The Goleta City Council decided to move forward with a bikeway on a 1-mile stretch of Hollister Avenue between Pacific Oaks Road and Ellwood Elementary School. The project will build a 5-foot-wide median separating the road from a pedestrian path and bike lane. (Sam Goldman / Noozhawk photo)

A roughly 1-mile stretch of Hollister Avenue in western Goleta will soon get an upgrade to its transportation routes.

The Goleta City Council voted 5-0 Tuesday to pursue the Public Works Department’s plans to revamp the bike lane on the south side of the street between Pacific Oaks Road and Ellwood Elementary School.

The project would add a Class 1 bikeway and multi-use path immediately south of the already existing Class 2 lane.

A Class 1 bikeway is one completely separate from the roadway, while a Class 2 shares the road and has a painted stripe separating the bicycles’ and cars’ rights of way.

Under the plan, which will cost roughly $3.5 million, a 5-foot-wide median would separate the current Class 2 bicycle lane from a new 4-foot-wide pedestrian path. Next to the path would be the 8-foot-wide bikeway, and then a 2-foot-wide shoulder.

The goal of the project, the city said, is to encourage biking, especially among school kids, in the residential neighborhoods immediately south of that stretch of Hollister Avenue.

Over the past couple years of public outreach, city staff wrote in their report, residents had advocated for a variety of additional safety features like speed tables and bend outs.

The Public Works Department, however, after analysis by a consulting team consisting of Drake Haglan and Associates, Kimley–Horn and Stantec, deemed many of the features impractical given constraints on space and lines of sight.

Room for the new lanes will be achieved in part through curb extensions along the route’s intersections that lack traffic control signals. Additional signage would be added to call attention to the changes in the transportation landscape.

Representatives from the Coalition for Sustainable Transportation and Wilson Hubbell, the former head of the Santa Barbara Bicycle Coalition, expressed their support for the project, but stated that a “lane diet,” which would reduce Hollister to two lanes total, would be a preferable, if not safer, alternative.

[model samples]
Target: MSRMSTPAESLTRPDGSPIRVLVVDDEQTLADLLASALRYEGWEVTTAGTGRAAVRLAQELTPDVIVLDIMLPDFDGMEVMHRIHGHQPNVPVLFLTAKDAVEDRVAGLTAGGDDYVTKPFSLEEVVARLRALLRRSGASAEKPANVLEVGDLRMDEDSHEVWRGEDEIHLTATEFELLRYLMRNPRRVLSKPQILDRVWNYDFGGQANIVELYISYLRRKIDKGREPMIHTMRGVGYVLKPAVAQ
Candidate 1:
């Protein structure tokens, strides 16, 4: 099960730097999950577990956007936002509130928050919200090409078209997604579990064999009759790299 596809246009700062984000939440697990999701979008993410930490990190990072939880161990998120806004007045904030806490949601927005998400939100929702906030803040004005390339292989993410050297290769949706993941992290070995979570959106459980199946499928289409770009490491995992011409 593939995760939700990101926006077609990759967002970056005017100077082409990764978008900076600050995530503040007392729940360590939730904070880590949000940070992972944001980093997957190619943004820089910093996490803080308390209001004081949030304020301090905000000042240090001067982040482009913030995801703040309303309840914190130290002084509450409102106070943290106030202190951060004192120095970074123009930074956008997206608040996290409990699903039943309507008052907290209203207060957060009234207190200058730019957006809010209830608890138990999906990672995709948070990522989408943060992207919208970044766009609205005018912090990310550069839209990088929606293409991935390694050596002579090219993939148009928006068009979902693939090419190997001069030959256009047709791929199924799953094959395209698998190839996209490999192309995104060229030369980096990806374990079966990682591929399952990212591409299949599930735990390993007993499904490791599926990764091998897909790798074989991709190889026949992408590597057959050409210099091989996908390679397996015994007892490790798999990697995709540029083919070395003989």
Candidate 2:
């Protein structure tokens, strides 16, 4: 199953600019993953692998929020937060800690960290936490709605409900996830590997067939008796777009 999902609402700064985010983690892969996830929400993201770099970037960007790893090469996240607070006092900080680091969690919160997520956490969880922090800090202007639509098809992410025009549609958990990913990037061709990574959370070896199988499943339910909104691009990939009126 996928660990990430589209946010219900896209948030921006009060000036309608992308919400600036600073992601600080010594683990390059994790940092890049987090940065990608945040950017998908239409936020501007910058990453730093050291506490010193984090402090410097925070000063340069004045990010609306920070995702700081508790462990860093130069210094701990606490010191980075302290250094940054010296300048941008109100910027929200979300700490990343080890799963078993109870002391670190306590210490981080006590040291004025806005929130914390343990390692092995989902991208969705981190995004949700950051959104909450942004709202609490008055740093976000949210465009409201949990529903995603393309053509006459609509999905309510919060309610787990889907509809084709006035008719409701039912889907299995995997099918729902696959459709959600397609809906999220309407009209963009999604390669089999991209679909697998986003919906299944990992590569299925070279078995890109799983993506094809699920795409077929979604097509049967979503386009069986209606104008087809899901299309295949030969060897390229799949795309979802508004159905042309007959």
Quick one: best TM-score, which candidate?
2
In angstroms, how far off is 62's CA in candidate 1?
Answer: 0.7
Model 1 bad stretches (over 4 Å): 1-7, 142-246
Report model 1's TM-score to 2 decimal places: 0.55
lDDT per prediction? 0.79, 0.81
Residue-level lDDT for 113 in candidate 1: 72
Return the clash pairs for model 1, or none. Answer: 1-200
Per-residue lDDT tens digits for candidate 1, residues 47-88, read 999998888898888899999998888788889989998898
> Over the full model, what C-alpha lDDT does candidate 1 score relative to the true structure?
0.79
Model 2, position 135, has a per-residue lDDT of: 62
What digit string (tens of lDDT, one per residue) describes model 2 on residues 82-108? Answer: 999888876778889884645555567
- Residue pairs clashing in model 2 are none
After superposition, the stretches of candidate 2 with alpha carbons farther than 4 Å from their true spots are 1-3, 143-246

Public Works staff explained that a lane reduction would generate heavier traffic that could have unintended consequences such as longer waits for left turns, fewer gaps in traffic for those turns, and a subsequent increase in driver frustration and the attendant driving risks the frustration would cause.

In 2014, the city was granted $1.6 million from the state’s Active Transportation Program for the project, in addition to, the staff report said, “a variety of funding sources” that have been identified.

The catch, Public Works Director Rosemarie Gaglione told the council, is ATP’s Sept. 16 deadline for awarding a construction contract.

The California Transportation Commission, she said, will be hearing a request from the city for an extension of the contract-awarding window next month so that construction could be delayed until spring 2017, when children will be getting out of school and won’t be biking down the street as much.

Should the extension not be granted, she added, the project could still go forward, as the plans are ready to go.

The extension, she said, is “purely for public convenience” in terms of providing more time for the public to examine the plans as well as how many children will be biking to and from school during the target construction time.

Noozhawk staff writer Sam Goldman can be reached at Follow Noozhawk on Twitter: @noozhawk, @NoozhawkNews and @NoozhawkBiz. Connect with Noozhawk on Facebook.

Design plans for the project show the medians, bikeways and pedestrian paths for the stretch of Hollister Avenue in western Goleta.

Design plans for the project show the medians, bikeways and pedestrian paths for the stretch of Hollister Avenue in western Goleta.  (City of Goleta photo)